jelly print of walk

something to hold

Do you worry that everything is digital nowadays and wonder if future generations will have something to hold in their hands that we touched? Everything seems to be on-screen now. Handwritten letters are rare, postcards almost non-existent and official documents are filed online.

When Bill went travelling he diligently wrote a letter to his parents once a month or thereabouts, all of which his mother kept to hand back to him when he arrived home and occasionally he flicks through them and revives a distant memory. Now, our children update us from far flung places by Facebook, which is instant but fleeting and will doubtless float off in the ether, lost to us all. Photos are stored on computers that crash or on free cloud storage with no guarantee of permanency and I have a pile of cine film, VHS tapes, cassette tapes and floppy disks loaded with memories but now unreadable.

I was pondering all this as I replaced some of the way mark discs (for the public footpaths and bridleways) around the farm that have faded or mysteriously disappeared.  I went past the flowering violets, primroses and cowslips and lichen on bare branches along a track that has been walked for hundreds of years and wondered how many people had walked along and noticed the same things, watched the seasons roll past and trees grow from tiny acorns to spreading oak trees. Almost imperceptible daily changes that we take for granted and yet add up to massive change over the years. So, of course we don’t mark or record it and the memory of how it used to be disappears.

making jelly prints

On the way I stuffed a few bits and pieces in my pockets – leaves, feathers and flowers (though I ate the violets) and used them to make jelly prints that I folded into little books as a permanent memory.


One of them is a snake book, which unfolds rather like a walk and the other has pockets in which to tuck collected things or perhaps photographs (if I get them printed) and an unfolding narrative of the walk in the back.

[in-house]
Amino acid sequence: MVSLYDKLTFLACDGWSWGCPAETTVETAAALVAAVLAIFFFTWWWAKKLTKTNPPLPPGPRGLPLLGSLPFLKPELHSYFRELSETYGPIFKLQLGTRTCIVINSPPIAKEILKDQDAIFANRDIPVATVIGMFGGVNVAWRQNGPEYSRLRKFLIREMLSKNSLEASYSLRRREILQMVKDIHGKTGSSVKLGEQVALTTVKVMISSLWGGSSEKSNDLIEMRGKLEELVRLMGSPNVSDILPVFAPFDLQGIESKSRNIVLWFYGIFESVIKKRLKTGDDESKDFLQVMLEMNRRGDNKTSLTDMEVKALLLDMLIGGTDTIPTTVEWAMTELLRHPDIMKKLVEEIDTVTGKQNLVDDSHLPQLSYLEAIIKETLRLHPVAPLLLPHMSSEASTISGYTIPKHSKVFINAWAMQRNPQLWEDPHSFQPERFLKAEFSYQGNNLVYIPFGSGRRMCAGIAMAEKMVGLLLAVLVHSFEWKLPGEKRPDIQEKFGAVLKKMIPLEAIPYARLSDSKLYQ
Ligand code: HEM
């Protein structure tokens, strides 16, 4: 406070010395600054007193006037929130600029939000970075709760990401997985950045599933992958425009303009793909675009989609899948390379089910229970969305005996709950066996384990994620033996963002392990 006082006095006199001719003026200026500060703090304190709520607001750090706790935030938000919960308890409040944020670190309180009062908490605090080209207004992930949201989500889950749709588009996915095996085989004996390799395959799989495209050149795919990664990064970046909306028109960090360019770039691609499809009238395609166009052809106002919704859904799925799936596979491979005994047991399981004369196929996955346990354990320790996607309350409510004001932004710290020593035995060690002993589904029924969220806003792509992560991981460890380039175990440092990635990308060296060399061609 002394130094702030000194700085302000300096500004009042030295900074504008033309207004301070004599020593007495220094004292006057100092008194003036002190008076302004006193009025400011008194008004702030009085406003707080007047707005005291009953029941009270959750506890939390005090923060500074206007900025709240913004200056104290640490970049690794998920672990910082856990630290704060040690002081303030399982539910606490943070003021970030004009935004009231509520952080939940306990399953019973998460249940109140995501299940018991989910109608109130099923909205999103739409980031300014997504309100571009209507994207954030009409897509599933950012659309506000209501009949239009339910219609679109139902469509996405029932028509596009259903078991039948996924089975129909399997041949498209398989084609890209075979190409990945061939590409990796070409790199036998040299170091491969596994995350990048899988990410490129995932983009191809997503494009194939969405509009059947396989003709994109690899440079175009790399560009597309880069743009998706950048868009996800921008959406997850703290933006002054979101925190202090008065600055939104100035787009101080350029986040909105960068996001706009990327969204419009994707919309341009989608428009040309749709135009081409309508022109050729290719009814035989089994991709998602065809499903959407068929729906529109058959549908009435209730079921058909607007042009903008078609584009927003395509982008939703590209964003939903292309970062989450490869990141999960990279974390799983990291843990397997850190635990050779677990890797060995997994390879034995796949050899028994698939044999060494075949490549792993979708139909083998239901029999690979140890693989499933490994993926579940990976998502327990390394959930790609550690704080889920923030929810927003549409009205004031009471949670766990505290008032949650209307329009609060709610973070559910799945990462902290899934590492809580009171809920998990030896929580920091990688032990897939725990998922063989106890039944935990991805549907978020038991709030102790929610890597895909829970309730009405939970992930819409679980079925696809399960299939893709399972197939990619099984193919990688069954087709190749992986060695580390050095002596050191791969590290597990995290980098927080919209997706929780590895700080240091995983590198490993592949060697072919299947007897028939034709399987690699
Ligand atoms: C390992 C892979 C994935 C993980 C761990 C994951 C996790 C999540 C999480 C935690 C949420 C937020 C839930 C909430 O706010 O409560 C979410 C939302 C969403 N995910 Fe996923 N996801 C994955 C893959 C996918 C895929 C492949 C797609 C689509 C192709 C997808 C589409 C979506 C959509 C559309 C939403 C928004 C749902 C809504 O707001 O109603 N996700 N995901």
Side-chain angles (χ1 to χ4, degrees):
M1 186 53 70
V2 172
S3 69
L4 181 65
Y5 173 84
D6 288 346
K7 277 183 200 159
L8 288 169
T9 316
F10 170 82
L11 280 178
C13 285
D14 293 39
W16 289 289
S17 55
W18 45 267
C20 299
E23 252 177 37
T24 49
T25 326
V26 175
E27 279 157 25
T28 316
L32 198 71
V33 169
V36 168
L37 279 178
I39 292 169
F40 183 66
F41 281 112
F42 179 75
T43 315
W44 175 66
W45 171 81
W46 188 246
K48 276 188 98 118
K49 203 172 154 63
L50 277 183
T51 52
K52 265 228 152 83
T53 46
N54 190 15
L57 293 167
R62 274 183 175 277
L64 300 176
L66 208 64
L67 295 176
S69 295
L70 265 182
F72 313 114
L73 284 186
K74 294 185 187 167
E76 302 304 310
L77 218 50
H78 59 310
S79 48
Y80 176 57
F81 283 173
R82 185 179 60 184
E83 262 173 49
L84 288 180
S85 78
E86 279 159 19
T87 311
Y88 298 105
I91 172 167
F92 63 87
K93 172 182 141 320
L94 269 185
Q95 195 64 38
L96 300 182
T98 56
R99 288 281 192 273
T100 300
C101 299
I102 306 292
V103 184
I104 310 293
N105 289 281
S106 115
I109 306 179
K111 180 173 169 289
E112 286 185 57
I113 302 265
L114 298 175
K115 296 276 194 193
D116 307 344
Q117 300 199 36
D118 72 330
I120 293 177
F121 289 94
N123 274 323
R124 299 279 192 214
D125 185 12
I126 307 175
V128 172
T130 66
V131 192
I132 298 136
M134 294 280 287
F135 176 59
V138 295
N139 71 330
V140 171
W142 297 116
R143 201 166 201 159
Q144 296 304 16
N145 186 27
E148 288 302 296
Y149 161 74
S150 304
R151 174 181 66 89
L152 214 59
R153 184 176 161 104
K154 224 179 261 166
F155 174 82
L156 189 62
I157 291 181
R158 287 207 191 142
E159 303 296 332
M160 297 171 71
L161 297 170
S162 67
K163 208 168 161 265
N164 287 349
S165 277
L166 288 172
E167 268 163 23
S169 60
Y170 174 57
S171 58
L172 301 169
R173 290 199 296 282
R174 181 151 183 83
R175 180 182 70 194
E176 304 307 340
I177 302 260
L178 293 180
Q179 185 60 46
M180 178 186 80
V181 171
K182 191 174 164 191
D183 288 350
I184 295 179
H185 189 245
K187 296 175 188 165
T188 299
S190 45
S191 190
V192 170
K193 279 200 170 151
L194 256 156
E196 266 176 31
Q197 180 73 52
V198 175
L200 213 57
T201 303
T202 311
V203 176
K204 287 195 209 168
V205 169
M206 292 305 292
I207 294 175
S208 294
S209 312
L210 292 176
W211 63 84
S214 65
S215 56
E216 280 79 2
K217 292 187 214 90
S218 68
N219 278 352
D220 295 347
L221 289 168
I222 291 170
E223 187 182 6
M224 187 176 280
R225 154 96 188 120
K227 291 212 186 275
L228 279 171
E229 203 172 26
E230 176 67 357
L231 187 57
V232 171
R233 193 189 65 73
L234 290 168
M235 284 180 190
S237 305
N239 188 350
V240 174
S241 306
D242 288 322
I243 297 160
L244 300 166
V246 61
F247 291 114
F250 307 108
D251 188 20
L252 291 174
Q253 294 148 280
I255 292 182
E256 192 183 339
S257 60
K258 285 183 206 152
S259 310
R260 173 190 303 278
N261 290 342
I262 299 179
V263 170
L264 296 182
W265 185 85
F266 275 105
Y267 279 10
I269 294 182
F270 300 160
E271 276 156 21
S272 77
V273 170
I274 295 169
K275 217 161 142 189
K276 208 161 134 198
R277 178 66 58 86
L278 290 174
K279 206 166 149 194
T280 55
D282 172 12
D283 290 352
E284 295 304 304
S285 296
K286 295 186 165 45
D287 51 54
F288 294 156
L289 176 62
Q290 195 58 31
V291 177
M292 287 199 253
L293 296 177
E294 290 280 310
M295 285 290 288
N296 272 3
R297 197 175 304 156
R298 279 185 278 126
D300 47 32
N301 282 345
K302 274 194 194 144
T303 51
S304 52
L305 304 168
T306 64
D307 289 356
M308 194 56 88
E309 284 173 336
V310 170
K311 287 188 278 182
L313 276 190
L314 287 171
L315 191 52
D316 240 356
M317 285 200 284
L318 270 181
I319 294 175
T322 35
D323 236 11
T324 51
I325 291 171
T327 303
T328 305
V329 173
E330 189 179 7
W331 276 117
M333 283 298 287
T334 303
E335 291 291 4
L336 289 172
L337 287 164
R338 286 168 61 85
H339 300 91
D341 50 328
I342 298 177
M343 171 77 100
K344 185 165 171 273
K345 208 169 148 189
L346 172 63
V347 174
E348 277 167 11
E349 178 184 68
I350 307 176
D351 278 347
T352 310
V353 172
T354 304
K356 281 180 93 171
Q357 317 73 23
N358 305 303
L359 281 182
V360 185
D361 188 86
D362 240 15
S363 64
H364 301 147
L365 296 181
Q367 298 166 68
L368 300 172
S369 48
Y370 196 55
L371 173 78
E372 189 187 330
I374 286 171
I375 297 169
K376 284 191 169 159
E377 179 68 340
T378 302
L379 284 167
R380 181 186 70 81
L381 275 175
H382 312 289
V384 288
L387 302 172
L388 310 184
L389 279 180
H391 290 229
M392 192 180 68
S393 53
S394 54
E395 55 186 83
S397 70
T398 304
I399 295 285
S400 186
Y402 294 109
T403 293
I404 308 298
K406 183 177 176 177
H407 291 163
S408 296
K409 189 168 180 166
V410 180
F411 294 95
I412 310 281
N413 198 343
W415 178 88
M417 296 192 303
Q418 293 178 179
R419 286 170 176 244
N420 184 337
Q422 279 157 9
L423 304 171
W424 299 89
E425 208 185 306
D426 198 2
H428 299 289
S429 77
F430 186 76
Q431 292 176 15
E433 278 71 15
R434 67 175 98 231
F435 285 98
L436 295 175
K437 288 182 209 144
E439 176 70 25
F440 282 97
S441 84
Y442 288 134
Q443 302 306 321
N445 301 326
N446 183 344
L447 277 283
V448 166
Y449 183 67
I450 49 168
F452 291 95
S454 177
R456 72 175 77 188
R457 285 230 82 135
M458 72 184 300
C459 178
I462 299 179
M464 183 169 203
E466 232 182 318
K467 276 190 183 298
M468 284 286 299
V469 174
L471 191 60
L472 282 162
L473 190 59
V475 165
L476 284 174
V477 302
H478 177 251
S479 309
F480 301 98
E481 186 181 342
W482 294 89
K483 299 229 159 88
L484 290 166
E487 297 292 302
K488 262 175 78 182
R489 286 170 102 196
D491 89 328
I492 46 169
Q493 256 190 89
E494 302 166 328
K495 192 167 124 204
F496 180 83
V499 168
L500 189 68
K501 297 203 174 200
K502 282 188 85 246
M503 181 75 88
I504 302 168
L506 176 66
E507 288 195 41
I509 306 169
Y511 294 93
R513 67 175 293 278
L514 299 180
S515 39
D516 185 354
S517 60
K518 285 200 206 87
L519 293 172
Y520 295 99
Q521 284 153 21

An evening spent in frivolous creativeness. Because sometimes it’s good to have something to hold. A reminder of how it is today, because it’s bound to change in the future. Though obviously only for me because my children will almost certainly throw them out, which I completely understand (I would do the same).

How do you store your experiences and memories for future generations? Does it really matter?

What happens on a farm?


Let’s have a change from the normal.

Inspired by Jane’s Weekend Photo Safari and Cecilia’s audio track of the animals in her barn, I thought I’d combine the two with a video of yesterday on the farm.

This is a rather staccato video * – more slideshow almost – looking for eggs, checking scarecrows that should be keeping the pigeons off the oilseed rape, shutting up hens, tucking the sourdough up for the night. Nothing exciting, but life is like that sometimes don’t you think? When I watched it back, I was amazed at how noisy it is here. Not the bird song or cockerel crowing but the noise from the road. I didn’t realise how much I blank it out and listen for noises above it. No wonder, when we’re walking, we so often comment how beautifully quiet it is.

These are the two posts that inspired me. Click to look or listen.

The Shady Baker: Weekend Photo Safari

The Kitchens Garden: Shh, just listen


* My rather sparse filming technique is a direct reaction to childhood memories of watching home cine films where my mother slowly, slowly panned across the tulip fields of Holland (so slowly I swear we could have counted every individual flower in those vast fields).

Simple pleasures

Making time for simple pleasures …


scones and jam


Baking scones. One of the easiest and quickest things to bake. Less than ten minutes to get everything weighed out, mixed and in the oven. Another ten or fifteen minutes in the oven and they’re on the plate. Almost as quick as wrestling open a packet of biscuits with their annoying little Open Here tag.


library books


Making the most of my library card. Our local library has reduced its hours as part of the cutbacks and I wonder how long the council will consider it viable. It’s the best thing about our town, so it would be a terrible shame to lose it. Currently I am between fiction books so Bill offered me some of his – I could choose from Dead Man’s Land, A Time to Kill or The Dying Hours. Hmmm. A bit of a theme running through those titles.